From the Editor

John Turner

A reader has requested that I state my own opinion about what has become the central focus of this magazine, that is, the Arab-Israeli conflict. I've been reluctant to do it because it is an intensely emotional topic, and therefore to say anything balanced about it is a ticklish matter. But, since I've been asked, here goes.

First, I wish the Arab-Israeli conflict were not the central focus of the Harvard Square Commentary. This is not to say that it's not an important issue. Clearly it is. But there are other important issues also. The development of militarism around the world, the human impact on our natural environment, the inequality of wealth and poverty, the difficulties and problems of education, the interaction of religion and politics, the health of democracy in the United States, the nature of popular culture are all issues I wish would receive more of our attention than they do. However, I am not in a position to be a dictatorial editor. The people who write for us write about what interests and moves them. And I don't censor anybody unless what he or she writes becomes an insane rant.

As for my stance on the Arab-Israeli conflict I say first that I refuse to get involved in moralizing. When two populations have been doing horrible things to one another for many years, to say that one of them is more horrible than the other strikes me as being like counting the angels prancing on a pinhead. And the attempt to resolve the conflict by establishing, once and for all, who is right and who is wrong, I regard as the pinhead solution.

Now, having made all my friends mad at me, let me say a few other things.

Israel's situation in the world is a product of events that began in the 1880s AD and not in 1800 BC when Abraham is reputed to have decided to move his flocks in a southwesterly direction. Whatever happened when David met Goliath in the valley of Elah in 1020 BC (or thereabouts) should have nothing to do with how people live in the land of Palestine today. I understand that myth does intrude into history, sometimes in heartening ways  and sometimes destructively. But to argue that Israel can base itself on events that took place more than a millennium and a half ago impresses me as being not only destructive, but fanatical.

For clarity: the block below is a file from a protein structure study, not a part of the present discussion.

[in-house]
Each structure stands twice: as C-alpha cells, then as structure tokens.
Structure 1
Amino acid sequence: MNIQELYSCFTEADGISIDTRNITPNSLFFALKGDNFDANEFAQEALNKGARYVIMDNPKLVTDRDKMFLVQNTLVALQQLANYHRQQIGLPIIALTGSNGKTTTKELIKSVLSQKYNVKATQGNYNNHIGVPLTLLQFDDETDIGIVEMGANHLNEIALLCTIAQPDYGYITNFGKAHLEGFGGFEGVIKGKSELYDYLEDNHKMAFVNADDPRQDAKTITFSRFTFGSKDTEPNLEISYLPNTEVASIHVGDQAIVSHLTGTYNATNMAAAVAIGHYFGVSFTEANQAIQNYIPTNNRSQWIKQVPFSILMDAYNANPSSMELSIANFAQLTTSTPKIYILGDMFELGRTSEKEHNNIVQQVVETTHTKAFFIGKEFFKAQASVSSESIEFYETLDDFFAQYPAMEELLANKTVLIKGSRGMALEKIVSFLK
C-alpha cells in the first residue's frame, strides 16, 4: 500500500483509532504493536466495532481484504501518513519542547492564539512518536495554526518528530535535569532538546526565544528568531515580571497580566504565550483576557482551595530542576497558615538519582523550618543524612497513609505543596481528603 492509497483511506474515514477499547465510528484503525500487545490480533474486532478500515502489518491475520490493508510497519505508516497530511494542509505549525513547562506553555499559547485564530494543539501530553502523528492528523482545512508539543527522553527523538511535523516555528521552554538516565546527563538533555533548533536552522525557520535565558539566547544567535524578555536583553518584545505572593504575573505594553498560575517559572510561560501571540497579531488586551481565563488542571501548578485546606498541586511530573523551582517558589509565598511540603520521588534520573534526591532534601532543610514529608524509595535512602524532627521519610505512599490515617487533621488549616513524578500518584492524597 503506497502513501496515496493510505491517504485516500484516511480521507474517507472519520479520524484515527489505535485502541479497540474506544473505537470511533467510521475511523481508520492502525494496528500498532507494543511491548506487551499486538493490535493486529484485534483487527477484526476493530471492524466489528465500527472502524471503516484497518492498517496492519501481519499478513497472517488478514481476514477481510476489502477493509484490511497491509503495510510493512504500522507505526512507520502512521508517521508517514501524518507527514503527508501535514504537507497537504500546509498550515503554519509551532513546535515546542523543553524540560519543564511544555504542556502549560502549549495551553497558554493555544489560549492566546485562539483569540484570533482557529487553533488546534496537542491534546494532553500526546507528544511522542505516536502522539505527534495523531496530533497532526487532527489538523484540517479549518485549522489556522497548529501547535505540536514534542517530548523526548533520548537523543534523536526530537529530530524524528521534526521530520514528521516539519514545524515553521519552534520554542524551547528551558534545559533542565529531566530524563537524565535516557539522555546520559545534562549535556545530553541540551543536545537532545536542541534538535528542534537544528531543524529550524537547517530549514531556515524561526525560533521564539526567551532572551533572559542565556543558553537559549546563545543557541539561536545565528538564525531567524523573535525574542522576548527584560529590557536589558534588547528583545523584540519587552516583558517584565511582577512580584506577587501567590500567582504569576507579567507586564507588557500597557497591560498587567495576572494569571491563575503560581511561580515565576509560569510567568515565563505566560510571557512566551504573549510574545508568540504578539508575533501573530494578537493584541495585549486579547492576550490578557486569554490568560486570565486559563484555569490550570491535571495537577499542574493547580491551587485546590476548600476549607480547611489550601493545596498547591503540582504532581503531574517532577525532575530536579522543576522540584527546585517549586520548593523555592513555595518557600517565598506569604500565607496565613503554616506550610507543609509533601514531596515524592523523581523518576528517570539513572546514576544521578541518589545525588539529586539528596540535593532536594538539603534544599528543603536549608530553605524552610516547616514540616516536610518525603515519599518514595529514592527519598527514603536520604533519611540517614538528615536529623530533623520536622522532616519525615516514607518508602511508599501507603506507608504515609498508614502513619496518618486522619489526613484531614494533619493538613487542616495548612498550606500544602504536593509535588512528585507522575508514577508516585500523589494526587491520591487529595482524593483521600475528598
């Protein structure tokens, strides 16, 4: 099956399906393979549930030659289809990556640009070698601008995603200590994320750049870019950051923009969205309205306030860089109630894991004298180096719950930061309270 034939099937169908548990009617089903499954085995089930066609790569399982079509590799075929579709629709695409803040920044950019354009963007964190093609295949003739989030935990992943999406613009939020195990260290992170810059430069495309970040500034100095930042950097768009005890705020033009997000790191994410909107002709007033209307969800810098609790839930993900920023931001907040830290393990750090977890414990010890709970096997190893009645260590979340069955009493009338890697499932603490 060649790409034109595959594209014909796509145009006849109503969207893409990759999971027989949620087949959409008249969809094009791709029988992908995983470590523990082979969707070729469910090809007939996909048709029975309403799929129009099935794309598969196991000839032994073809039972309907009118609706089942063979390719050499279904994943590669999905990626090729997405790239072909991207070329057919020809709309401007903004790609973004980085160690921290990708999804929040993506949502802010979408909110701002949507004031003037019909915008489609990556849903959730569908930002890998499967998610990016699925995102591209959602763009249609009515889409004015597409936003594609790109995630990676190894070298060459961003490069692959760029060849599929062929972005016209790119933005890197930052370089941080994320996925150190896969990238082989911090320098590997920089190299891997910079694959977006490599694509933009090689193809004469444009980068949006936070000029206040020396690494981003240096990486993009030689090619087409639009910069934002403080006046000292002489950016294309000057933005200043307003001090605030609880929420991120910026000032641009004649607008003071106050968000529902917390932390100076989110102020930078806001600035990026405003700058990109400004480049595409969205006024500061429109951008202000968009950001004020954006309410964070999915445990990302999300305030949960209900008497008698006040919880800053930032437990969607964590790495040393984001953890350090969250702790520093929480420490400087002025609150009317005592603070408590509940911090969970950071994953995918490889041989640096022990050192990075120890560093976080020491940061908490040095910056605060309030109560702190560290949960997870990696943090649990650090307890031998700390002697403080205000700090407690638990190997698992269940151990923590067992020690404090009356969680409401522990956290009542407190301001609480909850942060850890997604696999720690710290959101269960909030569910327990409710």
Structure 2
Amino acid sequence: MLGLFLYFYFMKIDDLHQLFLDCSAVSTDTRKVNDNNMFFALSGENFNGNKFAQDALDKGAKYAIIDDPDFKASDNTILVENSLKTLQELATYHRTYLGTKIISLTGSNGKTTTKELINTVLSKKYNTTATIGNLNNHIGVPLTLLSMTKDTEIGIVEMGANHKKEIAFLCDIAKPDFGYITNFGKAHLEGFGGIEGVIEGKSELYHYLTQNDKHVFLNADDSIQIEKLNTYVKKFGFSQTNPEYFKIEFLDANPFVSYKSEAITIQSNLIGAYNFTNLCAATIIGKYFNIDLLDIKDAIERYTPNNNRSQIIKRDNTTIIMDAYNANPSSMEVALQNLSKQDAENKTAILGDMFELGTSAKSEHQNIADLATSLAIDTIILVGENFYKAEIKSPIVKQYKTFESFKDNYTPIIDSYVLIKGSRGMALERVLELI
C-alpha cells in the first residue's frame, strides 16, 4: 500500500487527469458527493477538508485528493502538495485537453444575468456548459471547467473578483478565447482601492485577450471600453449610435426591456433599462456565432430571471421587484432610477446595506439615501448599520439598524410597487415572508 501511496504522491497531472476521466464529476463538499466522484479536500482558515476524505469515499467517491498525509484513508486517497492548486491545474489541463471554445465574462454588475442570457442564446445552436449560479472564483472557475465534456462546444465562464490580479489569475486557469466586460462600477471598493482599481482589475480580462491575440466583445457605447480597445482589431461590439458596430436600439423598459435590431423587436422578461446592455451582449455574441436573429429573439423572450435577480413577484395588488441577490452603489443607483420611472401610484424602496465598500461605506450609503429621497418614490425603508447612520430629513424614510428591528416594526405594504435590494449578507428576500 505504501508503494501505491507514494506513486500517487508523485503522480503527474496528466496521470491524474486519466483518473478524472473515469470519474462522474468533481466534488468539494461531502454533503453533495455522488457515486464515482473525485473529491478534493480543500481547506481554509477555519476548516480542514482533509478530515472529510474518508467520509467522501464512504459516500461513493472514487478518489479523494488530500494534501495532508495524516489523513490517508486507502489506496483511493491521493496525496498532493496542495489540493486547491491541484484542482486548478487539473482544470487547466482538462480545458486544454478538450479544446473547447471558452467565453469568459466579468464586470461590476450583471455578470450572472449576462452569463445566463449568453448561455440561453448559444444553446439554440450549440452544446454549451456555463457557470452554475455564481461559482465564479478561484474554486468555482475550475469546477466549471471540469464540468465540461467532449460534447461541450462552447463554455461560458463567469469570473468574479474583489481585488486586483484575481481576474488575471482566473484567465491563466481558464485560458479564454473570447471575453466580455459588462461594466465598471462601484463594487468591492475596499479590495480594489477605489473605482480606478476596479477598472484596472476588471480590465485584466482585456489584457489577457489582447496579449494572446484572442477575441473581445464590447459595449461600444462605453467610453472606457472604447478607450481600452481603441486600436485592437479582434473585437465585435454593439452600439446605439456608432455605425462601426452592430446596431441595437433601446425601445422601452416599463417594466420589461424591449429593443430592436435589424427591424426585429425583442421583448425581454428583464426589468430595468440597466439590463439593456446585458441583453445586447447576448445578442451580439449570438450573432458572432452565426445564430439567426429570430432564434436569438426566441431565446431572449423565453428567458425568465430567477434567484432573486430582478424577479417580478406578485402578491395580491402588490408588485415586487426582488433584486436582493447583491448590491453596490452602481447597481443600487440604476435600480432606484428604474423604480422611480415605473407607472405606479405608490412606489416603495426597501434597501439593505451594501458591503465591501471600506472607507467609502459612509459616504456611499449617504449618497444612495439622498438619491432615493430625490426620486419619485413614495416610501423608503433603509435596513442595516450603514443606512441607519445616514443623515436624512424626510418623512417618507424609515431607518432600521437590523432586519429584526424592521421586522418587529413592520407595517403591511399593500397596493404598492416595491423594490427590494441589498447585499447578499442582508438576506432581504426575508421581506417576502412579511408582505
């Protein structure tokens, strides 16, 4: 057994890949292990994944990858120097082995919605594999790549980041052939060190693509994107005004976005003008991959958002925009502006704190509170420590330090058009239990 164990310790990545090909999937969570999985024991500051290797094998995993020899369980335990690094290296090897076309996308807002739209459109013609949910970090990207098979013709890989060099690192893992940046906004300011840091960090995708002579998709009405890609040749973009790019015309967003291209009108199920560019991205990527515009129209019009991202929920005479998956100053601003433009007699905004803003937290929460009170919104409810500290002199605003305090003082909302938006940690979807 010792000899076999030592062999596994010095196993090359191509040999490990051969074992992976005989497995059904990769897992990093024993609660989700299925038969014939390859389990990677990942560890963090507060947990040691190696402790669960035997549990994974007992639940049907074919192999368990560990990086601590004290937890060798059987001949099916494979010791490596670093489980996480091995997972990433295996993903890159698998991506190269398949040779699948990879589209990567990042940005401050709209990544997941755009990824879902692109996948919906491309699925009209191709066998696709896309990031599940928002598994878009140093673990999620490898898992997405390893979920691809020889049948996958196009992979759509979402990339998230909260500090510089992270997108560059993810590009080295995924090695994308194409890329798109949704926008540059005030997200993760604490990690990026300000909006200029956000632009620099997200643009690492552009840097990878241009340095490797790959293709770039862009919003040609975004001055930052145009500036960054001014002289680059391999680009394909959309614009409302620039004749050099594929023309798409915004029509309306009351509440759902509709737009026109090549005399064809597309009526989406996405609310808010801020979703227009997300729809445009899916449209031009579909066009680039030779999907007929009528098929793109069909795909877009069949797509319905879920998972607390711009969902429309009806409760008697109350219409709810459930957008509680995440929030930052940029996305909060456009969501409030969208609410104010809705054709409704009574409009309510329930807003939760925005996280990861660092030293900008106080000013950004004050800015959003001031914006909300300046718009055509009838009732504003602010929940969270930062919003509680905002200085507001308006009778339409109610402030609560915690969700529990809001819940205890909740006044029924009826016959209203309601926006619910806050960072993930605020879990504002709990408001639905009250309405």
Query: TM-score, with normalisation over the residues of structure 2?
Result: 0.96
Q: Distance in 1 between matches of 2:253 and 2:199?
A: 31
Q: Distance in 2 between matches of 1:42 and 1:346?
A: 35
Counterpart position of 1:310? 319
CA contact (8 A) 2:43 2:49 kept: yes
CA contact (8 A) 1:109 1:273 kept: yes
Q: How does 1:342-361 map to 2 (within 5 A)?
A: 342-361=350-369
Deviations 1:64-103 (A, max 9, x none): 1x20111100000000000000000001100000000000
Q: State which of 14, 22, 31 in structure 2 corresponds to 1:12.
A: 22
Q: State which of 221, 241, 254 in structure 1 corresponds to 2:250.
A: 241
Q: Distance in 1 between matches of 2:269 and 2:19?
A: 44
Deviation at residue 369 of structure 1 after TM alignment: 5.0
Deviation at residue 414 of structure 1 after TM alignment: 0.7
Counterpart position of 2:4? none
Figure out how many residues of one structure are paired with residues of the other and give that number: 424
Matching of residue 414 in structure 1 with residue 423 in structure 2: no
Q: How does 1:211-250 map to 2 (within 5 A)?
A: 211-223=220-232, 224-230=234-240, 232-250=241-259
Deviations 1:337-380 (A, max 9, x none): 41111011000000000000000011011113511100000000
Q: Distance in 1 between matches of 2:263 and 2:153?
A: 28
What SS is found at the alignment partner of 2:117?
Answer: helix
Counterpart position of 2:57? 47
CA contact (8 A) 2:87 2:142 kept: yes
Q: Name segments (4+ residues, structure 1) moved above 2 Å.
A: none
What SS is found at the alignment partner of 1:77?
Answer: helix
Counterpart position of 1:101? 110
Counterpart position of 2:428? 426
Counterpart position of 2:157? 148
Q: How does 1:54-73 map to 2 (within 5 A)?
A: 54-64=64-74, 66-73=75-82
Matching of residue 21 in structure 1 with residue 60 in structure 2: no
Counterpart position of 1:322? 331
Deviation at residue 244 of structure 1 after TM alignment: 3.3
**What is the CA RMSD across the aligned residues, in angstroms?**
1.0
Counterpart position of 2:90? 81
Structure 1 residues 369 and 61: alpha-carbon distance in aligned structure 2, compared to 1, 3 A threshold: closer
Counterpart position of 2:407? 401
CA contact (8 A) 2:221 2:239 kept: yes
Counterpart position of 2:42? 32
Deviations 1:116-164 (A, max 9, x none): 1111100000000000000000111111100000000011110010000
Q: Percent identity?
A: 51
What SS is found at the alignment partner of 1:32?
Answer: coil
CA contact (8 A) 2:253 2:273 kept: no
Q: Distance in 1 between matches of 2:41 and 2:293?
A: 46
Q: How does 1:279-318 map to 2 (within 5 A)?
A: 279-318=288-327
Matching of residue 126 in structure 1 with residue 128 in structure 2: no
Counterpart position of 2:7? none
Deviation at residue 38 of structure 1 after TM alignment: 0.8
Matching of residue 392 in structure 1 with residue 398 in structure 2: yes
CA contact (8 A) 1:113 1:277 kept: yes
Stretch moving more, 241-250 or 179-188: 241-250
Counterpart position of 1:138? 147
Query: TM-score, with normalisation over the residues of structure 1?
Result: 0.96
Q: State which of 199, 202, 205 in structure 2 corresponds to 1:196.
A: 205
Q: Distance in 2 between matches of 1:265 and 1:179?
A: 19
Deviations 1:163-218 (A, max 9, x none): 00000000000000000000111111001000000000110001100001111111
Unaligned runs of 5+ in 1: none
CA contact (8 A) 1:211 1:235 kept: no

The state of Israel came into being as the result of two complex and hideous world wars. Anyone who wants to know how Israel was established should study the impact of those wars on the Middle Eastern region. It is a fascinating story.  But the outcome of the story is that the state of Israel exists among huge populations that believe it should not have come into being. One of the problems of that region now (but certainly not the only one) is to decide what to do about that existence.

My stance on the basic solution is clear (in my own mind, at least). Israel should continue to exist, not because it is an outpost of democracy in an undemocratic region, not because it is bringing the so-called blessings of modernity to a backward people, not because God wants to have a Jewish state in Palestine so he can hurry along his little plan for the ending of humanity, and not even because Jews around the world need a place to go if things get unpleasant where they are (everybody needs that and the solution to the need is not to establish havens for particular brands of people). Rather, Israel should continue to exist because there are millions of people within its borders who need to live  in decent, humane and secure conditions. Most of them call themselves Jews. About a fifth call themselves Palestinians. As far as I'm concerned,  that's secondary to the ability of  all of them to get up in the morning, love their companions, enjoy their breakfasts, and look forward to a beckoning day.

You might say they could do that even if there were no state of Israel, and I would reply that it is not  likely, given where the region finds itself at the moment. For the people in greater Palestine  to pursue their happiness without the state of Israel would require an intervening period of immense bloodshed. And, I'm against bloodshed.

What I want for people in Israel is what I want for people everywhere, that they should live with as little political interference and as little economic oppression as possible. That, for me, is a just social order.  I'm not concerned with promoting mythological, religious or nationalistic grandeur.